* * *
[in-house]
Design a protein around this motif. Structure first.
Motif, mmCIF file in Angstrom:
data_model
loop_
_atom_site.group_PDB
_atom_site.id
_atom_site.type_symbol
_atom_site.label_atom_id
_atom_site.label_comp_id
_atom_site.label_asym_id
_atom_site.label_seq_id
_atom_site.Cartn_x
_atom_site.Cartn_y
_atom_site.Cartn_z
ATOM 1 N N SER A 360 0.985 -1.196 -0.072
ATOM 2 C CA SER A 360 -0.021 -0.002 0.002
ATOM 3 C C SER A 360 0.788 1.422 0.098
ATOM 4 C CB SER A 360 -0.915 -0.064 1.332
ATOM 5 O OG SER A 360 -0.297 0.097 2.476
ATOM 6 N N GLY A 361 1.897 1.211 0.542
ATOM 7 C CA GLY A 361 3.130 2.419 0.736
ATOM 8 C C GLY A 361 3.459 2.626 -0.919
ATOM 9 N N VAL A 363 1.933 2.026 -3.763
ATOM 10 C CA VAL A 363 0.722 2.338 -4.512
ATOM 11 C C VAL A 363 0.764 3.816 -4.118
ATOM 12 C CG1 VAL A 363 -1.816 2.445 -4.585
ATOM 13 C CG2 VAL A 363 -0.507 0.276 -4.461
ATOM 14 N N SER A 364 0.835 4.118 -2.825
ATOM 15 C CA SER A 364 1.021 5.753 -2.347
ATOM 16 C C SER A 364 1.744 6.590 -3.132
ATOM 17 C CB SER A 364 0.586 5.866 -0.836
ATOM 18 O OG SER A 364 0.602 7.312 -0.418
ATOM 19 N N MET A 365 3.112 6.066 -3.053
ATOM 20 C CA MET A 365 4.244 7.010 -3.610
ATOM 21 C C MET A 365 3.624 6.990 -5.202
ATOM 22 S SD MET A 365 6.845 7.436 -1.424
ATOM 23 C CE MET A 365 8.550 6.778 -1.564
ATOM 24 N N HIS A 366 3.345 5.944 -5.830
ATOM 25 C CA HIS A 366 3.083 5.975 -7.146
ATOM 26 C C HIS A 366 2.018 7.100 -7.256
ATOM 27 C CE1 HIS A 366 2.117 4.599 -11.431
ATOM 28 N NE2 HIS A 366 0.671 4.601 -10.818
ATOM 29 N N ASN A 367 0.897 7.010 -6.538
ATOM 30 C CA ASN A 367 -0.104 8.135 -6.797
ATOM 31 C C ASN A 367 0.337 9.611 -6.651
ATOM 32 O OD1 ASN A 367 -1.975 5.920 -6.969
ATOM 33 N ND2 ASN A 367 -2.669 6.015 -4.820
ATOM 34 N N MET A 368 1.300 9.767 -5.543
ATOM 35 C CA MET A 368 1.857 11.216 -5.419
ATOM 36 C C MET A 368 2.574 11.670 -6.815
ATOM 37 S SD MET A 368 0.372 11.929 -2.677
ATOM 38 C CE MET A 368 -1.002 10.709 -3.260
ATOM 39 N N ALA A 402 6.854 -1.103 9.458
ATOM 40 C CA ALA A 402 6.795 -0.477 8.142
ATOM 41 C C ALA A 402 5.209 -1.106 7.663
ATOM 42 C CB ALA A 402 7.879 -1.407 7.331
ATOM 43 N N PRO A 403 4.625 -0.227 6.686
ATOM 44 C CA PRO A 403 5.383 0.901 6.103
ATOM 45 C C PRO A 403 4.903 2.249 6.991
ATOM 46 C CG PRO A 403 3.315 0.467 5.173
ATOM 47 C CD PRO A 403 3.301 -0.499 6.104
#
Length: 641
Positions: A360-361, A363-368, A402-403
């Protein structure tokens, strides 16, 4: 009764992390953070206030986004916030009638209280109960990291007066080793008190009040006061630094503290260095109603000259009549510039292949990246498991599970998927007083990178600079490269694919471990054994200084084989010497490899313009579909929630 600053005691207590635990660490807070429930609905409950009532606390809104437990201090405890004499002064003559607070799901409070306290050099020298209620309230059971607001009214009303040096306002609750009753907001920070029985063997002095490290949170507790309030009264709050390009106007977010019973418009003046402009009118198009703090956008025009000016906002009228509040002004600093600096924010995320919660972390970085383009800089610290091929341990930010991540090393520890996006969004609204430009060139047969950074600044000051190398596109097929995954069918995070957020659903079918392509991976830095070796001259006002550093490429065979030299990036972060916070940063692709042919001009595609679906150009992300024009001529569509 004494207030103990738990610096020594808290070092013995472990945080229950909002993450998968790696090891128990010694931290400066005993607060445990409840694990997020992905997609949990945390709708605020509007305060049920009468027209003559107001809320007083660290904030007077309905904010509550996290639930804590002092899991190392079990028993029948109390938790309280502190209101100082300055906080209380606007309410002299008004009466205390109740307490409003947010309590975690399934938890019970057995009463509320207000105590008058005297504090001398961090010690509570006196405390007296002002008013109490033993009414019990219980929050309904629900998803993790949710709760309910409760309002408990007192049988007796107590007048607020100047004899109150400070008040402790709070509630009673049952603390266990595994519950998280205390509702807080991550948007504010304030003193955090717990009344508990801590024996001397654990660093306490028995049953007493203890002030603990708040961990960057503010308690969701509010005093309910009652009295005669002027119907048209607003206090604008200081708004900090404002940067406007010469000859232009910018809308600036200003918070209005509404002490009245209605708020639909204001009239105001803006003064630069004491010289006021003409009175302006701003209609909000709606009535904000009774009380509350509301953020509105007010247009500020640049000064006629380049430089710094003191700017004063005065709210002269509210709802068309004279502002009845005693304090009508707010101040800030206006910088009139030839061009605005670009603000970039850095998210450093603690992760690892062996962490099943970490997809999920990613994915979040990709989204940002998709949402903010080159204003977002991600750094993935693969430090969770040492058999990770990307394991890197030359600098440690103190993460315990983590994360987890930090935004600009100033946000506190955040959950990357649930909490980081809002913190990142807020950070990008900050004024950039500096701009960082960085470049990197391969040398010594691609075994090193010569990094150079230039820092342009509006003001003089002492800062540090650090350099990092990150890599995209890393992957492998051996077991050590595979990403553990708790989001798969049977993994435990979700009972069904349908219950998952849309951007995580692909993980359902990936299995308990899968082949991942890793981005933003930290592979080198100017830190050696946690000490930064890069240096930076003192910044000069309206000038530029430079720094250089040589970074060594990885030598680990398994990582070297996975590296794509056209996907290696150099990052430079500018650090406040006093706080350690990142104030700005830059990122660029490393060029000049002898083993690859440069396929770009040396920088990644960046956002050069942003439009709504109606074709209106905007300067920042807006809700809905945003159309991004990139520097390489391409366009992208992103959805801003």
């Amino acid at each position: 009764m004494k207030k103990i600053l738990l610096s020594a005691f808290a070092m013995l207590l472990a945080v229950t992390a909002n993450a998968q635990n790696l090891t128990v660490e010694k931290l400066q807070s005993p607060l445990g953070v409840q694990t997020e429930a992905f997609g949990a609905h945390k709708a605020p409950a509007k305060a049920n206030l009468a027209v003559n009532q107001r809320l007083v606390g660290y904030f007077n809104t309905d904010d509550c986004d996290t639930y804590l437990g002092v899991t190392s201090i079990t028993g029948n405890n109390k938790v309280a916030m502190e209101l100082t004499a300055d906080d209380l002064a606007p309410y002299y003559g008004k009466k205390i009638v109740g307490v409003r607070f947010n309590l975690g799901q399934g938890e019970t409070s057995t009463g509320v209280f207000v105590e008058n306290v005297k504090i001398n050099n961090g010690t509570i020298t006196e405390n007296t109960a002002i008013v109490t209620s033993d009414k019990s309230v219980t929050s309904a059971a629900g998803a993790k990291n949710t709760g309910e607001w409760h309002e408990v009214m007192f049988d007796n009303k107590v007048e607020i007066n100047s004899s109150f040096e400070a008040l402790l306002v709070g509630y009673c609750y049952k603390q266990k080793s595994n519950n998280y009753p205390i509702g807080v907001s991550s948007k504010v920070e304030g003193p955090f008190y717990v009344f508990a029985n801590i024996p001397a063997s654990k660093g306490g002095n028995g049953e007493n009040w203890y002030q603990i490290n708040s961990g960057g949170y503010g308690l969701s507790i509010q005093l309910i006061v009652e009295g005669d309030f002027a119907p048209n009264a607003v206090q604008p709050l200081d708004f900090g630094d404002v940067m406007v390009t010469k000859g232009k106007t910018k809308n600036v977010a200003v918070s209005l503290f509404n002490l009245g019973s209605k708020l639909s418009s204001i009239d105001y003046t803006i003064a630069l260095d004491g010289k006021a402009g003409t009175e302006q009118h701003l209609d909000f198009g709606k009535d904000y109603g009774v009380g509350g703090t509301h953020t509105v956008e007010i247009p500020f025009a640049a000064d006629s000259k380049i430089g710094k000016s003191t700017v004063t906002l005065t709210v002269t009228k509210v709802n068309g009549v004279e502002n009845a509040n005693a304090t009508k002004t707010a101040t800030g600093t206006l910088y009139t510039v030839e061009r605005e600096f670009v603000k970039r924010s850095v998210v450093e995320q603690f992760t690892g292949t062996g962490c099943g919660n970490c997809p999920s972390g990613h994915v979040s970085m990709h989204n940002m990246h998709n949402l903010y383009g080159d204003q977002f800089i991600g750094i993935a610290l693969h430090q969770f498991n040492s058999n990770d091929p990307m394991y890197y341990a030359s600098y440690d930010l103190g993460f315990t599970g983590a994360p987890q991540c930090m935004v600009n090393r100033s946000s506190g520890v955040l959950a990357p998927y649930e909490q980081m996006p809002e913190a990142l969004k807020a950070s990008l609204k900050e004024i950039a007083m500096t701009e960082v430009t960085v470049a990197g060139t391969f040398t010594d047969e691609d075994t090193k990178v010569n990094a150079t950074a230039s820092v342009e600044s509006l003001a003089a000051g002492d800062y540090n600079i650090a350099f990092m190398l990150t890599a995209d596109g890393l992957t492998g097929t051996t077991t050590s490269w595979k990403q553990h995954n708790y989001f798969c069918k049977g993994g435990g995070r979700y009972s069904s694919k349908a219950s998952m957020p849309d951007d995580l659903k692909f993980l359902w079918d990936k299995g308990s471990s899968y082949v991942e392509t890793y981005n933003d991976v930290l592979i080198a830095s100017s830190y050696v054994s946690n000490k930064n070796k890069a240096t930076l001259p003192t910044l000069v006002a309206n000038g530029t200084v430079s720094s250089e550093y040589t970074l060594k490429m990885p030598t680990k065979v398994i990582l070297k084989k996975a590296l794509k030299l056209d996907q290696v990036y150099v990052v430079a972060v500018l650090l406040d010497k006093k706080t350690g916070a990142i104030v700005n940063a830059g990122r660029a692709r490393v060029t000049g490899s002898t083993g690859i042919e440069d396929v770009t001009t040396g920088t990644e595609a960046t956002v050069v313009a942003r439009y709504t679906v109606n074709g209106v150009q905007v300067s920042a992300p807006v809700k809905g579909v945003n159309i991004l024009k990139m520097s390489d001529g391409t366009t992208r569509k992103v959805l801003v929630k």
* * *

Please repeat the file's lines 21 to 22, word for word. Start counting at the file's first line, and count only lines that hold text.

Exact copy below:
ATOM 6 N N GLY A 361 1.897 1.211 0.542
ATOM 7 C CA GLY A 361 3.130 2.419 0.736